During holidays, routine bedtime may take a back seat, and children get used to waking up late. Children need at least 10 hours of sleep at night, while teens need around 8 to 10 hours of sleep.
A few weeks before school starts, gradually ease your children into a fixed bedtime and wake-up routine.
9. Take Care of Your Child’s Back
Children are prone to back pain because of heavy backpacks. Heavy schoolbags can induce pain in the shoulders, back and joints. Buy your little champ backpacks that are padded and offer good shoulder support. Also, arrange your kid’s bag in a way there is no uneven weight on either side.
Other Important Things to Remember
Infectious diseases come with minimal warnings. So, teach your child the basics of personal hygiene so they can avoid germs that could make them sick. Some standard hygiene practices you can teach them are:
- Wash hands thoroughly for at least 20 seconds at school and at home.
- Avoid touching their face with dirty hands.
- Always sneeze into handkerchiefs, tissues, or sleeves.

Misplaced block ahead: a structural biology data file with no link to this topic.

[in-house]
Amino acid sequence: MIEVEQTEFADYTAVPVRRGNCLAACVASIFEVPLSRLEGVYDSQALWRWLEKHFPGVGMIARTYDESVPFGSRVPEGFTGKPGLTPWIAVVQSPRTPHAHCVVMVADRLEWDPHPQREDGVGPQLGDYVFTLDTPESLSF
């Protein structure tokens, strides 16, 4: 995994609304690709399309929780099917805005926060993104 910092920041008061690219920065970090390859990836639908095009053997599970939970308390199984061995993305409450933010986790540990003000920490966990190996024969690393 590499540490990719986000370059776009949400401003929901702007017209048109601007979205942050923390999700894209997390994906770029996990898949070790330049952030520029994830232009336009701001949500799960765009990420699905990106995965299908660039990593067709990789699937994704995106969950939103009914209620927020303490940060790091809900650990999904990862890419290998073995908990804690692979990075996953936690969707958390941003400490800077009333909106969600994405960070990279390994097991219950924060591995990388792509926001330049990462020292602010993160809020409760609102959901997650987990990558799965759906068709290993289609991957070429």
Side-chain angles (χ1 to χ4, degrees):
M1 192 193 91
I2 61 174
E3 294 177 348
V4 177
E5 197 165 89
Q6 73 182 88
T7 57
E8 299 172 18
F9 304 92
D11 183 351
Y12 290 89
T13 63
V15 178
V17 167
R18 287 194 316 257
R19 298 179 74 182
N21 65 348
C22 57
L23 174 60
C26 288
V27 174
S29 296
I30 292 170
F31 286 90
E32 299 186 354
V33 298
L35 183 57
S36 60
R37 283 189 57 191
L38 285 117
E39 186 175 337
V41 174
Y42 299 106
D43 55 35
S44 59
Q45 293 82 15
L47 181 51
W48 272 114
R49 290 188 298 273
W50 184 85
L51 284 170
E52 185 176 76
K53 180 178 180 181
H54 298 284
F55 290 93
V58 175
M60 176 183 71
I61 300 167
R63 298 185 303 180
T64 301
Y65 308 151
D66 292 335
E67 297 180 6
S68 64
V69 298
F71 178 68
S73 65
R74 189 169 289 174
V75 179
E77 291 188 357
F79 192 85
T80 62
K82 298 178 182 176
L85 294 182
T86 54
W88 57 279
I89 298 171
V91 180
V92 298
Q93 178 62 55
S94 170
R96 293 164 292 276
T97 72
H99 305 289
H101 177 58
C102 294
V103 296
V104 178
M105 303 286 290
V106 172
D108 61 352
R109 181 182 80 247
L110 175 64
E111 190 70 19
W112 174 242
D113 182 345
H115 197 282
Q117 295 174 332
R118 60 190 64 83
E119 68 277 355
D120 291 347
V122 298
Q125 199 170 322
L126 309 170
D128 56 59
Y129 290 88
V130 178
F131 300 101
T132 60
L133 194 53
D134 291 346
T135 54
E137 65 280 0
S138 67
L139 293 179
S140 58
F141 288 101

- Wash hands or use hand sanitiser before eating and after using the toilet.
- Keep nails clipped and clean.
Apart from maintaining hygiene practices, make sure your kid is also vaccinated with necessary shots to avoid community spread and unnecessary pain from illnesses.
Help your child start school with their best foot forward by using this back-to-school health checklist. Plus, by maintaining your child’s health and vaccination record, you are setting examples that will not only keep them safe but will also inculcate healthy habits, benefitting them in the future.
Please consult your doctor for more information.
If you found this article helpful, share it with fellow parents!
Disclaimer: Issued in public interest by GlaxoSmithKline Pharmaceuticals Limited. Dr. Annie Besant Road, Worli, Mumbai 400 030, India.
Information appearing in this material is for general awareness only. Nothing contained in this material constitutes medical advice. Please consult your doctor for any medical queries, any question or concern you may have regarding your condition. The disease list indicated for vaccination is not complete, please consult your doctor for the complete vaccination schedule. Views/opinions expressed by the doctor are independent and not influenced in any way by any organization.
NP-IN-ABX-OGM-220063, DoP Sept 2022